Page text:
The recent increase in the orphan population in Liberia
Up to 40 percent of the student body in Liberian primary schools are often filled with children that are three years older than their intended school grade. Liberia has encountered its fair share of struggles over the past few decades, which have ultimately led to an increase of the orphan population in the country, including two civil wars from 1980 until 2003 and other significant social circumstances.
A major issue that emerged within the past two decades from the orphanage system had been that a number of non-licensed orphanages sprung up and did not provide the proper living conditions for children. Government investigations revealed that over thirty locations would have to be shut down for operating illegally and for exposing children to a varying degree of abuse and neglect, which meant that other orphanages would experience an influx of children.
Another problem that also came out of illegal orphanages in wake of the civil wars was reports of child trafficking. Due to these concerns, Canada did not accept adoptions from Liberia for several years. Similar to this scenario, a report in 2006 revealed that 95 percent of children that had been brought into the orphanages did not meet the criteria for being there in the first place. Instead, recruitment was done by telling parents that these institutions would provide better care and free schooling for their children. Since then, such open-door policies are no longer allowed and there have been increases in law enforcement efforts to stop these practices.
In 2014, the Ebola epidemic emerged. One of the most heavily impacted countries in the region of West Africa was Liberia. UNICEF found that many children who were left orphans experienced unstable living situations, and suffered both socially and economically. Many children were left to live on their own in the streets, which raised concerns of young boys getting by through working in dangerous conditions and girls facing sexual exploitation through child marriage.
It is estimated that over 6,000 children lost either one or both of their parents to Ebola in Liberia. In the months that followed, issues about orphan safety continued to come into light. Children who were left without one or both of their parents experienced issues in being taken in by their community in certain cases. Even if the child was cleared of having Ebola, they carried additional stigma through association, meaning they were unable to reintegrate into their communities.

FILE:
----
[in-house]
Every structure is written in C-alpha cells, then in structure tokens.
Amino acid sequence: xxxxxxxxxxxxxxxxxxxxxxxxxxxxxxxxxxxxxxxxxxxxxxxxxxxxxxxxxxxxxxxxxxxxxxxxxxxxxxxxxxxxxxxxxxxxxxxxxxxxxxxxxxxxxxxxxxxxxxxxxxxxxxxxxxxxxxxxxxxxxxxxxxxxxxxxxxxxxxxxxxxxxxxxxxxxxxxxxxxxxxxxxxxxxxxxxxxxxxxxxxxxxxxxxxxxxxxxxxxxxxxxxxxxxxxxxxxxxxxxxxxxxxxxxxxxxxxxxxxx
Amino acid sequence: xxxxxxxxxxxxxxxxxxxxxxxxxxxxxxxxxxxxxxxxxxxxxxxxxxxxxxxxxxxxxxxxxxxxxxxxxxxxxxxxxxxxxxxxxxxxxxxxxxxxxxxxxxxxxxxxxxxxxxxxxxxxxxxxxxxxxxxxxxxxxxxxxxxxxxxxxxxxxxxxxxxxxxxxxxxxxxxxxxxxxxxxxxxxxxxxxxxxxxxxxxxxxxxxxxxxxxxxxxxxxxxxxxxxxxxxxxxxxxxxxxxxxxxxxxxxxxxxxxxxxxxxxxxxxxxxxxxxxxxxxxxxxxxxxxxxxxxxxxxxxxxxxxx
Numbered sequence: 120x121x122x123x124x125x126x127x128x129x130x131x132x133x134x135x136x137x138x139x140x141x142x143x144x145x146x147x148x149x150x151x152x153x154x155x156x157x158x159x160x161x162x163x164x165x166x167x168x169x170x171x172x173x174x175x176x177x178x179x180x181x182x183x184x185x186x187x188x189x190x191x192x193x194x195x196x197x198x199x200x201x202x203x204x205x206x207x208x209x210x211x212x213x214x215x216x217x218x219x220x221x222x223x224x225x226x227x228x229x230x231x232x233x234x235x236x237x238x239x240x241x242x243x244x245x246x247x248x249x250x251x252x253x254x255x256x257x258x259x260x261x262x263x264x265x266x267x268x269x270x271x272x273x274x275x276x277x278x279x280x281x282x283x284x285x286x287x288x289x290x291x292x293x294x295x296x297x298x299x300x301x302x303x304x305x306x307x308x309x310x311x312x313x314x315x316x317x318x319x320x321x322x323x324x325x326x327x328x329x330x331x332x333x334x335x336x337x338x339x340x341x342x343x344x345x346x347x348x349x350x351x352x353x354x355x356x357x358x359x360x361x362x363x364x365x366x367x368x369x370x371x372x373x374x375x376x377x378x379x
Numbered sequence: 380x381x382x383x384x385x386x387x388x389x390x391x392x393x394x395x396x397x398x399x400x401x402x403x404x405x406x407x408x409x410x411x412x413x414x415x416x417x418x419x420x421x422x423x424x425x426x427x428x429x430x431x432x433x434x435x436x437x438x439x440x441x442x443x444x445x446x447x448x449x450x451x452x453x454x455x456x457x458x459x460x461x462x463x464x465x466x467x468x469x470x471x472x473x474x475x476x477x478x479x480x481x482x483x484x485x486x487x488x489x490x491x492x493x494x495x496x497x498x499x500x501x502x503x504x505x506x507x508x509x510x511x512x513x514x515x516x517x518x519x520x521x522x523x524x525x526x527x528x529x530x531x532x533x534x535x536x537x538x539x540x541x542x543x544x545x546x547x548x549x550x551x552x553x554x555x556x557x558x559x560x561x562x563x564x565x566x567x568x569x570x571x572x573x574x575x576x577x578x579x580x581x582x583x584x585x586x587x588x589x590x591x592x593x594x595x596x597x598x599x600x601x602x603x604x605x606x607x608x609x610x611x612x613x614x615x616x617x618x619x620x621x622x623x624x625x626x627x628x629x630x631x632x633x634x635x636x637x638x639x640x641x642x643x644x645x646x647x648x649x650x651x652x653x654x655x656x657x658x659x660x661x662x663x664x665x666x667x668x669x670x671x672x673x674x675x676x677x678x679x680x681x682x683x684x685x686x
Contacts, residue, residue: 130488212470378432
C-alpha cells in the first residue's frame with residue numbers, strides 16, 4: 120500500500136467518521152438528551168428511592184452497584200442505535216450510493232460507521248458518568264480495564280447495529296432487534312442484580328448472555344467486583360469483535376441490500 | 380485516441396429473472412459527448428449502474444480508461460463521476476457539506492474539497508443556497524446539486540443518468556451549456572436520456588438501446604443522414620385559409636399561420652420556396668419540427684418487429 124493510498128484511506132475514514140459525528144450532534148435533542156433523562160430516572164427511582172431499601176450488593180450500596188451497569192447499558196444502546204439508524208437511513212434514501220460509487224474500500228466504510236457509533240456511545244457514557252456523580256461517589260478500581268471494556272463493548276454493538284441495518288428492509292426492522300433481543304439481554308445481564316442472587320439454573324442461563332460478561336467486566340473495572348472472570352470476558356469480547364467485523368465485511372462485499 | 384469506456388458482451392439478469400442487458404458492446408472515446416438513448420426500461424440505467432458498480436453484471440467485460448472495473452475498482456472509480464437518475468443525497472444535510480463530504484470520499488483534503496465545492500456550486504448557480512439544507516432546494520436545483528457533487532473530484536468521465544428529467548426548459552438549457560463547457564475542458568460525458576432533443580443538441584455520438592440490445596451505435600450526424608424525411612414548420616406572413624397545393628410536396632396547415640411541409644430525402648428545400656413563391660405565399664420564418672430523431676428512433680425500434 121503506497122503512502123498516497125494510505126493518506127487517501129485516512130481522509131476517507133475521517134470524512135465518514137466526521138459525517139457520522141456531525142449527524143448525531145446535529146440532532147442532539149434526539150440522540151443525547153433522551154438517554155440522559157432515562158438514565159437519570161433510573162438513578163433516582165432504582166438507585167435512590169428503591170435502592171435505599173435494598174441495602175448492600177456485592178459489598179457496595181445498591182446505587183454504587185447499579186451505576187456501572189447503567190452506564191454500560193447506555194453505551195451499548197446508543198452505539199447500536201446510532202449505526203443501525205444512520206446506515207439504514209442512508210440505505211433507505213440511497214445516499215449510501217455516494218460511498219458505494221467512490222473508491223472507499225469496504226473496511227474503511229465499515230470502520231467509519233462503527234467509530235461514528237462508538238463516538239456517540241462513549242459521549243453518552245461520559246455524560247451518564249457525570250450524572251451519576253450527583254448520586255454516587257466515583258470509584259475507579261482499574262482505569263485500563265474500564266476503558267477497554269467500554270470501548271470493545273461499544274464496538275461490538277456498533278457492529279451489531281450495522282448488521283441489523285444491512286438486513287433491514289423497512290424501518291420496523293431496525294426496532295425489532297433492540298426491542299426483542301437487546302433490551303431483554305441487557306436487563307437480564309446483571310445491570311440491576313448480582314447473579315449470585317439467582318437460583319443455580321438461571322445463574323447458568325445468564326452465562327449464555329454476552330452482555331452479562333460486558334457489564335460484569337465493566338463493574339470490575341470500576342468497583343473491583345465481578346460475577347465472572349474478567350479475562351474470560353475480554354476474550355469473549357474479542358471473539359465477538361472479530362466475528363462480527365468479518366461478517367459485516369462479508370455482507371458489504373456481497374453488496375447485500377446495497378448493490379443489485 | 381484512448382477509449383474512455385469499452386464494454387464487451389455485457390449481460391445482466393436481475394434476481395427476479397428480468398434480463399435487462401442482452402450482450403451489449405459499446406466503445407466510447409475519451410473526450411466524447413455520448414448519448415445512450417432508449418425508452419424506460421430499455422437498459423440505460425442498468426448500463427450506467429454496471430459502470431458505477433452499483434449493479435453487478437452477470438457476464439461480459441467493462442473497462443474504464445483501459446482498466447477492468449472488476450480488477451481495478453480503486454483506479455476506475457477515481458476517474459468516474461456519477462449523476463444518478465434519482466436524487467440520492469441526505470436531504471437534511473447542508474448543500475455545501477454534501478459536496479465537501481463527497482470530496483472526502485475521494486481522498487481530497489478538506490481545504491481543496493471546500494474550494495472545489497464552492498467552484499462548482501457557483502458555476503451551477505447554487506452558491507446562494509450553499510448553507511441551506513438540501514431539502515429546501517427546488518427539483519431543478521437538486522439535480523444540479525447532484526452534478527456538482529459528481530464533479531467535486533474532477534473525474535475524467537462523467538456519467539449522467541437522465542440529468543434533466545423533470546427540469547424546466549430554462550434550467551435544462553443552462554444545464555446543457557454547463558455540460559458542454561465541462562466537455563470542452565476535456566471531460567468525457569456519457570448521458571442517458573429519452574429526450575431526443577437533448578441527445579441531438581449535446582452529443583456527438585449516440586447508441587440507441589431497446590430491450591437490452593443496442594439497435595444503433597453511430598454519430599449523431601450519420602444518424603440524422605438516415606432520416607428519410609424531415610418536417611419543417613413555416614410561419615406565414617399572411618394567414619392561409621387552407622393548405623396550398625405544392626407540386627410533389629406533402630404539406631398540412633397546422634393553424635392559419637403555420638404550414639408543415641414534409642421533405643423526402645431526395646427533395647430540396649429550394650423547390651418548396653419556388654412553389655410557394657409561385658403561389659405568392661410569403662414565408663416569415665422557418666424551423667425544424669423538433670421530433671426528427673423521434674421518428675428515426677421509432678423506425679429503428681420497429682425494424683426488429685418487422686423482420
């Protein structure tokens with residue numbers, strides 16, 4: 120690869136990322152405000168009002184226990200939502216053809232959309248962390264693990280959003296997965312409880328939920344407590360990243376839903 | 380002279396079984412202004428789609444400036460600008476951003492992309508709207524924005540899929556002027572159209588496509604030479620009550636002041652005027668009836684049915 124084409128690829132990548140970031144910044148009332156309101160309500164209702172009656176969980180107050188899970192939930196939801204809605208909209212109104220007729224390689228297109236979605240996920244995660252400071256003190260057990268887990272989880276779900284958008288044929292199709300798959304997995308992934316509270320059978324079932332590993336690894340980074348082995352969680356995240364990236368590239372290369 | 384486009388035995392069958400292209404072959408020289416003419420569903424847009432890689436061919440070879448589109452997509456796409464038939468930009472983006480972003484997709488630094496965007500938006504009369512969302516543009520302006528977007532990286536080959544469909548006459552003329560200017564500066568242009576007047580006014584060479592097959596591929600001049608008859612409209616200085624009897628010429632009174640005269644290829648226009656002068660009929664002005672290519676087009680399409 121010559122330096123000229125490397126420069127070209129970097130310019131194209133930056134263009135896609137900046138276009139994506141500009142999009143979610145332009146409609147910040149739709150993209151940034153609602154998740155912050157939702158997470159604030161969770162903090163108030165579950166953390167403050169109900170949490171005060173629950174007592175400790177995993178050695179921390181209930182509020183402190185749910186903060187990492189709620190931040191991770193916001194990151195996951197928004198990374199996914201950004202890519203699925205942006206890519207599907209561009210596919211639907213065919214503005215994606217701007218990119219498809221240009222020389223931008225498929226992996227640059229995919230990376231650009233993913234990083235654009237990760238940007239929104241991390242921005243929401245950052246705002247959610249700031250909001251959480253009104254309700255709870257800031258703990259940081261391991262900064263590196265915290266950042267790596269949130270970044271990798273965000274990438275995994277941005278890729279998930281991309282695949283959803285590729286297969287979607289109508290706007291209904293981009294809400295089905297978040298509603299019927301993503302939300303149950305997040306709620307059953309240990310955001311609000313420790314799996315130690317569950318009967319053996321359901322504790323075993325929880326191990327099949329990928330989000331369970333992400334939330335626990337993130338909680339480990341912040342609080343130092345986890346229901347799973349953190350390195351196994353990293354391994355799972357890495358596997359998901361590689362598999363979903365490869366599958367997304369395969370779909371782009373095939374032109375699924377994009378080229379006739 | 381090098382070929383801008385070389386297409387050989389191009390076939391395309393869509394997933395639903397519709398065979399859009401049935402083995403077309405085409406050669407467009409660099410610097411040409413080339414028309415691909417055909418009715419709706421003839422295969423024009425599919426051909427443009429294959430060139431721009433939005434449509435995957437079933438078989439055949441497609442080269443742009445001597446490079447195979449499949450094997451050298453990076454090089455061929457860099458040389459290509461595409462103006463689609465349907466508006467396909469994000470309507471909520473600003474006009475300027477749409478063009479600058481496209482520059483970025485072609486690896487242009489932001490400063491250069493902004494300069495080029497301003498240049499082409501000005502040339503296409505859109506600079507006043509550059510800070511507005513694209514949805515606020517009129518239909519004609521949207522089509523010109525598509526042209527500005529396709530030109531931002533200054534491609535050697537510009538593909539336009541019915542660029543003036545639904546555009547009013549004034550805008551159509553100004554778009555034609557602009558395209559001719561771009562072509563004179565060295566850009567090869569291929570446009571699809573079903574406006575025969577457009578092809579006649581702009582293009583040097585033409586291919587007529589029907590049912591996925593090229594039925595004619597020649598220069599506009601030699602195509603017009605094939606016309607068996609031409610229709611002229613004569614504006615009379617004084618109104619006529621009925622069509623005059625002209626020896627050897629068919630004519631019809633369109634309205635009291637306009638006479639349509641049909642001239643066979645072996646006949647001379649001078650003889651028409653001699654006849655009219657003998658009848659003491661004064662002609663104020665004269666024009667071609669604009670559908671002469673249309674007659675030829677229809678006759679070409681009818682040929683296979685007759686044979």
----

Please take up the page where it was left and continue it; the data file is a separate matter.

One of the ways that the situation was handled involved sending children away to live with strangers. A worrying problem was voiced by 1,562 survey respondents through an assessment that had been done in partnership with UN Women, Oxfam, The Liberia Institute of Statistics and Geo-Information Services, and the United Nations Mission in Liberia. The respondents were from five regions in Liberia and were selected for being a sample representative of the general population. 17.4 percent of them mentioned that children were being exploited by their guardians or foster care parents.
However, out of these concerns, a new approach has been taken in taking care of children in need. Liberia’s Government has worked on providing child care at a community level. In the past, funding has gone into community strengthening programming, capacity building, family reintegration, and deinstitutionalization. An example of a community-based initiative was in Careysburg, Libera. The Shiata Women of Faith Project assisted teenage mothers by providing mentors that helped look after their children while they went to school. These mentors also helped them gain life skills and access to family planning services. In addition, work has been done in transitioning former institutional care into day-care centers. It is through steps like these more vulnerable or at-risk populations can be supported by members within their community, lessening the number of orphans within the country and ensuring that children can remain with their families in a healthy environment.
Korkoyah, Dala T., and Francis F. Wreh. “Ebola Impact Revealed .” Oxfam, July 2015. https://www-cdn.oxfam.org/s3fs-public/file_attachments/rr-ebola-impact-women-men-liberia-010715-en.pdf.
Collins, Prince. “What Happened to Liberia's Ebola Orphans? .” ReliefWeb. The New Humanitarian, October 7, 2015. https://reliefweb.int/report/liberia/what-happened-liberia-s-ebola-orphans.
“Liberia: Orphanages Accused of Child Trafficking .” ReliefWeb. The New Humanitarian, February 24, 2006. https://reliefweb.int/report/liberia/liberia-orphanages-accused-child-trafficking.
“Ebola Outbreak: 'Thousands of Orphans Shunned'.” BBC News. BBC, September 30, 2014. https://www.bbc.com/news/world-africa-29424919.
“The Situation for Children in Liberia.” UNICEF Liberia. Accessed December 1, 2020. https://www.unicef.org/liberia/situation-children-liberia.
Dodoo, Lennart. “Liberia: Mariah Luyken Found Guilty of Child Trafficking after Two Years of Legal Battle.” FrontPageAfrica, October 26, 2020. https://frontpageafricaonline.com/front-slider/liberia-mariah-luyken-found-guilty-of-child-trafficking-after-two-years-of-legal-battle/.
Keshavarzian, Ghazal. “Country Care Profile - Liberia .” Better Care Network, January 2015. https://bettercarenetwork.org/sites/default/files/Country%20Care%20Profile%20-%20Liberia_0.pdf.